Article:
b2ap3_thumbnail_BOOKFAIR.jpgApart from selling books at a stall, and launching D A Prince’s new book Common Ground, and the choc-lit anthology, Blame Montezuma! (with lashings of chocolate tasting buttons), I took part in a panel event, together with Peter Hughes of Oystercatcher Press and Emma Wright of the Emma Press. Joey Connolly (Kaffeeklatsch and Poetry Book Fair manager) asked the questions. Peter, Emma and I all publish poetry pamphlets, but the way we do it, and what we look for, is (and isn’t) different.

The truth is: each poetry imprint is highly individual. It must be. It’s just like writing poems. Making a publishing enterprise is a creative act, and each person who does it does it differently. What we have in common is that we are all making this same thing, a thing that produces and sells little papery publications with poems in them. We’re probably all mad (in a good way). We are all (I think) stubborn and determined.

Anyway, one of the questions was about submissions. What were we looking for?

There wasn’t a lot of time. I answered the question truthfully, but my answer wasn’t the whole answer. So much so that I travelled back on the train thinking hard about what the answer really was.

What did I say on the day? Something like this: that I couldn’t define what I was looking for because I didn’t know what it was. If I knew what it was, I said, I would write it myself. I hoped to be open to poetry that defied all my expectations. Oh, and I also said I looked for work that could be accommodated within an A5 pamphlet format, because that’s what I make. Mundane, but true.

And yet not the whole story. When I read poetry submissions it is exciting to think I might come across something like nothing I’ve ever read before but still instantly recognisable as ‘poetry’ (whatever’s meant by that elusive term). And sometimes I think it happens. Generally it’s in the shape of individual poems, though, rather than poets. That is to say, someone sends a set of poems and one or two of them strike me as remarkable. The rest may not engage me at all, or only to varying degrees.

So, yes, I do look for the unexpected, the thing I can’t define.

But there’s more to it than that.

I look for the expected. I look for the expected but done well. I like mainstream as well as sidestream and substream.

I like traditional forms (except villanelles, sestinas and pantoums). I’m tough on form though: it has to have passed its MOT.

I like personal poems. I like love poems. I like poems that make sense. I like poems I don’t understand. I like poems that make me think hard. I like poems that make me work. I like lyrical poems. I like prosy poems.

But the Book Fair question was really about publishing. What did we look for with a view to publishing it?

It’s not just a matter of publishing. There’s the issue of selling. I have to sell the pamphlets to get the money to publish more. My most important sales outlet is the HappenStance subscriber group. Many of these people regularly buy pamphlets, and they tell me what they like (or don’t like). This feedback influences my subsequent choices. I might publish something I thought most of them wouldn’t like, but I certainly wouldn’t do that often. If I did, I’d lose them.

Some of my publications sell faster and get better feedback than others. That doesn’t necessarily mean they are the best (or the ones I personally like the best either) but it does mean they’ve gone down well with the people I sell to. So I make a mental note – like a colour in a colour chart – of where that poet fitted in, and what might either contrast well, or harmonise. I try to learn, all the time, about the readers as well as the poets. I want to offer them a range. I want to challenge them but I also want to please them.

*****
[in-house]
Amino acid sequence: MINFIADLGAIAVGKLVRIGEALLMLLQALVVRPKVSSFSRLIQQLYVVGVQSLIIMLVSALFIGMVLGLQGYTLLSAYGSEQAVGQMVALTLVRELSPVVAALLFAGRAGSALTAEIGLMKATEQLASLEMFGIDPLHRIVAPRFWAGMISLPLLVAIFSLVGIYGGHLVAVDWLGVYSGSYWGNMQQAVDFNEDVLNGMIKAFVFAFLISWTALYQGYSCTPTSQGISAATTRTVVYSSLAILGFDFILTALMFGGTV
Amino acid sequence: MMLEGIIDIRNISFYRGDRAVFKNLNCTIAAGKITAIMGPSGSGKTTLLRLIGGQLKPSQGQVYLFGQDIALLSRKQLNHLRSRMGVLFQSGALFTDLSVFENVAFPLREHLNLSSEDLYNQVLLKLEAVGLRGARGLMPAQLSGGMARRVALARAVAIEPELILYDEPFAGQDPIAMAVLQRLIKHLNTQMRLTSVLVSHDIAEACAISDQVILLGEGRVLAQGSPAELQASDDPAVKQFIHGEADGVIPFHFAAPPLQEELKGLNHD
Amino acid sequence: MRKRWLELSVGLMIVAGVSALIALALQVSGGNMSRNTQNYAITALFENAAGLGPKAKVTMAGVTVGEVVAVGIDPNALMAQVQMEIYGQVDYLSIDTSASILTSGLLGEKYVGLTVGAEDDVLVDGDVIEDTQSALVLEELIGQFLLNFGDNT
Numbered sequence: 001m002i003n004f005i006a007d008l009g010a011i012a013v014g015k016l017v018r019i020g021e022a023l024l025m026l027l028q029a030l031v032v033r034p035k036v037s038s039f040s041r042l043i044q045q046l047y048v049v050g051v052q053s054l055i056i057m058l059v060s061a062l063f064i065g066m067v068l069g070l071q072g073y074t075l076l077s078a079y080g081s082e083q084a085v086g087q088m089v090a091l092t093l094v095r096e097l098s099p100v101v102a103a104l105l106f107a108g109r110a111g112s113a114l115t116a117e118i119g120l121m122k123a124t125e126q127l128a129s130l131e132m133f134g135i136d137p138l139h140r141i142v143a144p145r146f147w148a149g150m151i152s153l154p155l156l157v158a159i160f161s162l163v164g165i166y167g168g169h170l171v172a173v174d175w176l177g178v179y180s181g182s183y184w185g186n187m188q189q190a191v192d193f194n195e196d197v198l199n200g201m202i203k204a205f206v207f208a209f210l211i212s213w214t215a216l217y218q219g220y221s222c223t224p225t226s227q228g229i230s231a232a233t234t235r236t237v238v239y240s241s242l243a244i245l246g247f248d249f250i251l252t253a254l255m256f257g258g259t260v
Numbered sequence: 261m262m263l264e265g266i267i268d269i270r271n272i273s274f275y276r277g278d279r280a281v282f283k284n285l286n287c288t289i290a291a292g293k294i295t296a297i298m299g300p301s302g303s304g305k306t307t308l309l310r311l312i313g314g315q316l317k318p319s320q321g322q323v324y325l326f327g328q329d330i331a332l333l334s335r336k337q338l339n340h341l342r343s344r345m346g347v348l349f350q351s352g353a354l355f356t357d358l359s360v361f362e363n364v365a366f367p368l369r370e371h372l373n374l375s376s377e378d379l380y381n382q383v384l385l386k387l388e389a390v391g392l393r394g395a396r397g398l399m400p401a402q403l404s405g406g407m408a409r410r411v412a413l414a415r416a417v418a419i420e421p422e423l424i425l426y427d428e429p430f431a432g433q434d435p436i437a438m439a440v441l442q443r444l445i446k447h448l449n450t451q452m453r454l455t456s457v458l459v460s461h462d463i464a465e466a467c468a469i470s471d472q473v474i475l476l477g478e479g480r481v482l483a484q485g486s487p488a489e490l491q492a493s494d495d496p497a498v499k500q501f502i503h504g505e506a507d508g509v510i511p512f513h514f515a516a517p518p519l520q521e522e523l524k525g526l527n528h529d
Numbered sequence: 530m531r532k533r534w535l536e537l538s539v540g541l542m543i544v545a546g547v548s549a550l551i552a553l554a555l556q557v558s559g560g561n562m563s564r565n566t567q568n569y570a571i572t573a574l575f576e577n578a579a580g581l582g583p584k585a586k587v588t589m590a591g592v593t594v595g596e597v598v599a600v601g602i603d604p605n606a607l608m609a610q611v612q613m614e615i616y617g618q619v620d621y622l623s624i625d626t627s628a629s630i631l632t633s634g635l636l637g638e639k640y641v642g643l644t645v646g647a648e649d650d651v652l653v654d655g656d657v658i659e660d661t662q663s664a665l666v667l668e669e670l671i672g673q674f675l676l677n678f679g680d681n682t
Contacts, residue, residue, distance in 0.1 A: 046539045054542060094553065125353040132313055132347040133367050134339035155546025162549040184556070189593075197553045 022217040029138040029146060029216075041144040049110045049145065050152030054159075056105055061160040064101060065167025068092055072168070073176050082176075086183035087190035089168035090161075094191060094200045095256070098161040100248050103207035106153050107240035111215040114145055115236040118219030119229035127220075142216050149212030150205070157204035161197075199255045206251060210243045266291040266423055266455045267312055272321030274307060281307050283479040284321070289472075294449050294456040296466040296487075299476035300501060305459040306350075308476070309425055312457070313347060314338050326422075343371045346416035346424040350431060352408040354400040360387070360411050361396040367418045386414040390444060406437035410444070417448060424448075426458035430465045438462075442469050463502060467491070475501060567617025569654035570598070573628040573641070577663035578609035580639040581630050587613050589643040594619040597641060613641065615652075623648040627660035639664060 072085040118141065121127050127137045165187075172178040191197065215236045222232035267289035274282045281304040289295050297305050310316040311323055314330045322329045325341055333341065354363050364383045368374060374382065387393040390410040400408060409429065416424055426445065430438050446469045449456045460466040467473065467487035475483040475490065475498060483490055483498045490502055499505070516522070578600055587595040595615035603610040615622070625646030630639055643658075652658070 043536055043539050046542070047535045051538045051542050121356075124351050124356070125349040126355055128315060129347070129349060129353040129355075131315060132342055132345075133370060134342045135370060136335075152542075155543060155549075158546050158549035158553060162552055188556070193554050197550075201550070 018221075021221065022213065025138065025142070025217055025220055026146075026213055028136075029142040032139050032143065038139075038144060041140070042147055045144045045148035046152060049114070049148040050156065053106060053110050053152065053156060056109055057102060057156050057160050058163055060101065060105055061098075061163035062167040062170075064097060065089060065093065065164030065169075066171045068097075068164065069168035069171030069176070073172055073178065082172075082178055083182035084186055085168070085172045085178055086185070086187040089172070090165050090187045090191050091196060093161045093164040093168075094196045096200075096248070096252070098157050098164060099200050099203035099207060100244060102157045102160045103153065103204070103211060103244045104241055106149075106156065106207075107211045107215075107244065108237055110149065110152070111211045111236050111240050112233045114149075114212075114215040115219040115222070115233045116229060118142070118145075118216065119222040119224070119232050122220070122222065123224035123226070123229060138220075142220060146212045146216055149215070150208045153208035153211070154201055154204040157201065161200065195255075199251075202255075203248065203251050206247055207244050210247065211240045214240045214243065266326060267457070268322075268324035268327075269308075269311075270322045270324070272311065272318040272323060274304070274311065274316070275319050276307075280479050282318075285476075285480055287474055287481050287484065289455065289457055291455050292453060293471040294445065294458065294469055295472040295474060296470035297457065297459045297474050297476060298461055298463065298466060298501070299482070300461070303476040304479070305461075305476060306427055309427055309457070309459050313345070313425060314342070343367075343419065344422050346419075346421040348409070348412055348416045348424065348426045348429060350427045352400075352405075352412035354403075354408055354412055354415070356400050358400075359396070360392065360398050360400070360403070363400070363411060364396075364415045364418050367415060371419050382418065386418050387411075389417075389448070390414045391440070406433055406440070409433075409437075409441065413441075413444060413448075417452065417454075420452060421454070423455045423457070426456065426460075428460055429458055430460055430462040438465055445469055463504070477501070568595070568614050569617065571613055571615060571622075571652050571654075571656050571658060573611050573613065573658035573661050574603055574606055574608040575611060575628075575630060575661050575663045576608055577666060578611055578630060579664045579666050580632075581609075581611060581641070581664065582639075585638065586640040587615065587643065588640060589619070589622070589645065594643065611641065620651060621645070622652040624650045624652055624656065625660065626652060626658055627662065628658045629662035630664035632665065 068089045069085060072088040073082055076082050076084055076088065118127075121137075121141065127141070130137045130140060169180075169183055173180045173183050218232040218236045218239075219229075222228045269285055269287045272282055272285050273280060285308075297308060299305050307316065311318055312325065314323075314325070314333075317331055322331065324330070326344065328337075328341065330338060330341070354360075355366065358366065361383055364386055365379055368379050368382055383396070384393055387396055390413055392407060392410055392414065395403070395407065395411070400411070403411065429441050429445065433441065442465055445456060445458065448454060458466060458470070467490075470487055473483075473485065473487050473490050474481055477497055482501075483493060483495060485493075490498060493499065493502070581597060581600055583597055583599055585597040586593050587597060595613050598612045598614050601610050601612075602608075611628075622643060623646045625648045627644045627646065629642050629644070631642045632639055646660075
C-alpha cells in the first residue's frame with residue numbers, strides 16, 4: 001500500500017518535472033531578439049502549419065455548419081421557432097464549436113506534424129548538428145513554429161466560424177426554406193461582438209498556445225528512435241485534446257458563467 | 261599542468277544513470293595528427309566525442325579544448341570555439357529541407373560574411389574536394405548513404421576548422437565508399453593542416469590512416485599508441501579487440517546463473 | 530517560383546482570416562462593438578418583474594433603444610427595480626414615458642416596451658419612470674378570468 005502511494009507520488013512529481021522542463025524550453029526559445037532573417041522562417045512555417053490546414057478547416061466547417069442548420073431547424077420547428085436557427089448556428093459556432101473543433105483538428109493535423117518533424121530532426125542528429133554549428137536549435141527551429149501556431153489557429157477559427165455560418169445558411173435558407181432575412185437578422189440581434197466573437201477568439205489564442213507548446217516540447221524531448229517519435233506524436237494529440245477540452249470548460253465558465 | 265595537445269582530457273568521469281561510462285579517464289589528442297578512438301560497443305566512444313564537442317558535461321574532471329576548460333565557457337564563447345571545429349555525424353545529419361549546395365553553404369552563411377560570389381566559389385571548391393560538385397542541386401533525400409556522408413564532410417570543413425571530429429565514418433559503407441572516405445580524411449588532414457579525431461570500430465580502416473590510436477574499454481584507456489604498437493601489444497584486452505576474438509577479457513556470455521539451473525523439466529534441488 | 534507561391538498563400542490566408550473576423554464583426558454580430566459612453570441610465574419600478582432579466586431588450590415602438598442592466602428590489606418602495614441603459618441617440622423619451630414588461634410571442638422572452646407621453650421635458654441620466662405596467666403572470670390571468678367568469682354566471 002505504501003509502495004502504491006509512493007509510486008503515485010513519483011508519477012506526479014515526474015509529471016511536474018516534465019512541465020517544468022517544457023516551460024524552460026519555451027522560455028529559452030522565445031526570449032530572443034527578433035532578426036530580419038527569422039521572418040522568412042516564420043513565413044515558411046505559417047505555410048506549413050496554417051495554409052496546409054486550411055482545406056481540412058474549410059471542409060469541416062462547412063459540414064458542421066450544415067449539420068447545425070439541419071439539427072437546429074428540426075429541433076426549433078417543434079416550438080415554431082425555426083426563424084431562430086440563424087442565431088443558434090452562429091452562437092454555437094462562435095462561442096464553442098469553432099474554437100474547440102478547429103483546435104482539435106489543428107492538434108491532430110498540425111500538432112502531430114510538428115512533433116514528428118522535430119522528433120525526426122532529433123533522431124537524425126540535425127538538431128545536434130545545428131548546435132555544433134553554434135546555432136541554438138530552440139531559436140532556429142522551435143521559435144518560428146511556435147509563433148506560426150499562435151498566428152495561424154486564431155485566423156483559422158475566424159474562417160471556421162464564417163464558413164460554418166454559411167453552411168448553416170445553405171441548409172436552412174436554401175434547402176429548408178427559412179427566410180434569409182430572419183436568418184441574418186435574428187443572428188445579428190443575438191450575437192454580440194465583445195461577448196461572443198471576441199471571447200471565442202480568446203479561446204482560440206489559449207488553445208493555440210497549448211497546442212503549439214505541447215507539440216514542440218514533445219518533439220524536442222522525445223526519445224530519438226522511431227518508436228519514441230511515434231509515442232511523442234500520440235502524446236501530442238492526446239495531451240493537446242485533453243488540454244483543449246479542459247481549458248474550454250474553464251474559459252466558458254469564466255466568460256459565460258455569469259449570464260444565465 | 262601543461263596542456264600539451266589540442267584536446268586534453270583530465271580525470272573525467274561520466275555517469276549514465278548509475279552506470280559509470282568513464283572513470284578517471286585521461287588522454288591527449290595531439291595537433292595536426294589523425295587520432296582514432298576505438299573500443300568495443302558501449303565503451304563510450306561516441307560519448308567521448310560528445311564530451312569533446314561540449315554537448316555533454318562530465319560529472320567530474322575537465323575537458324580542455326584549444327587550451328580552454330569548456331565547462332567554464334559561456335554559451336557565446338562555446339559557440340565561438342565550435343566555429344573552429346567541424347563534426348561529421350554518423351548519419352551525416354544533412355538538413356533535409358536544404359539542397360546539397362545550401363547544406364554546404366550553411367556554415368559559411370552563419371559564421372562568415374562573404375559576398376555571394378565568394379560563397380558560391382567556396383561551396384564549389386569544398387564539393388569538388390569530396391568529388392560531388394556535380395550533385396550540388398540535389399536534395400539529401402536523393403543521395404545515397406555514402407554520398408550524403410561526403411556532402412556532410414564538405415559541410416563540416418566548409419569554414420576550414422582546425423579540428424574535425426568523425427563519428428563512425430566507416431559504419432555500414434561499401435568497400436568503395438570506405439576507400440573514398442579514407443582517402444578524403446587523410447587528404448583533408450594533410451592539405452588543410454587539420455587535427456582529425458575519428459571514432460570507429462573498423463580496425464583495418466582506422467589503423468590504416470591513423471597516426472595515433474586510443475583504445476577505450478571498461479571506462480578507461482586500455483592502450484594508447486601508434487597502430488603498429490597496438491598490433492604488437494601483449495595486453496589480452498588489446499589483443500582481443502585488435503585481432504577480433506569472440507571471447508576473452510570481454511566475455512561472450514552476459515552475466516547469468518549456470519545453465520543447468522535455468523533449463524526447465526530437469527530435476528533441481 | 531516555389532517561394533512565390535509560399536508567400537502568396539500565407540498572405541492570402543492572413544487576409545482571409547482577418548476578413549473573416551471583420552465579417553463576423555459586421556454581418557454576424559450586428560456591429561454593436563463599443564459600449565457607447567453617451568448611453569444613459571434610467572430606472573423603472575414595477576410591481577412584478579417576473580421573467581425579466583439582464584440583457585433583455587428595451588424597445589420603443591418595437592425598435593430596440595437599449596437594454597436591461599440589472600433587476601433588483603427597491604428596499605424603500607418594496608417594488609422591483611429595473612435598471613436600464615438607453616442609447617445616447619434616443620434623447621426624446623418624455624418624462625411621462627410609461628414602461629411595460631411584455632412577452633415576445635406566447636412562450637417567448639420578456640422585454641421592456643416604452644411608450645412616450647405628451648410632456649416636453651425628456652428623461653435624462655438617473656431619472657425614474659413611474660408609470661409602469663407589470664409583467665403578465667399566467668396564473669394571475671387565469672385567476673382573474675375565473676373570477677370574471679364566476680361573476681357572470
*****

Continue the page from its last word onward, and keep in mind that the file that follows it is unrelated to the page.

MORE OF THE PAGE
Then there’s the fact that I publish two different kinds of poetry pamphlet. One set is from ‘established’ poets with an idea that demands pamphlet form. By the end of 2014 (If all goes according to plan) I will have published nine pamphlets, three of them in this category. I don’t actively go round looking for them at all, because I’m permanently over-committed. But if something turns up that I can’t resist . . .

The other six poetry pamphlets for 2014 are debuts, i.e. the poet’s first step into publication. These are the HappenStance bread and butter. Obviously I am looking for poets I think are ‘ready’. Or nearly ready. It does take time but, as Hamlet pointed out in somewhat different circumstances, the readiness is all.

Sometimes I see a set of poems I think are fabulous. No editing required. Just as they are. In this case, the debut poet doesn’t need me. He or she should win one of the competitions, thereby gaining both cash and kudos. So I suggest they go away and enter. If they don’t win (for reasons I can’t fathom) they come back to me.

At other times, I think a set of poems is amazing, and I also think, for a variety of reasons, they won’t win a pamphlet competition. They are too off the wall, or too emotional, or too retro, or too understated, or too something else. How hard it is to put this kind of thing into words!

But mostly I look (when it comes to debuts) for poets I can work with. Not just in a personal sense (though this is important too) but in a way that can make the work stronger, that can move the poet along a little.

In order to be a good editor, you need not just a sensible head in terms of meaning and impact and presentation and form, but also an intuitive grasp of what each poet is doing and how their method works. For some people, I feel I have that. This means I can be a good sounding bell. For others, even though I may like them—and their poems—I don’t.

The poet needs to be looking for something too, something more than just a publisher. He or she needs to feel an editor’s method and response to the work is ‘right’ for them. It takes a little while to establish this, which I why I encourage people to send small sets of poems during reading windows, and why I rarely offer to publish a pamphlet on first submission.

I used to be a college teacher, but I don’t want to be a ‘teacher’ now. I can’t teach anybody how to write poems. I can, however, work with them on poems. And for a few people I can be the sort of editor I need myself.

So that’s what I look for. All of it.

And at the same time, during each and every reading ‘window’, I hope I won’t find it, so I can have a bit of a rest. . . .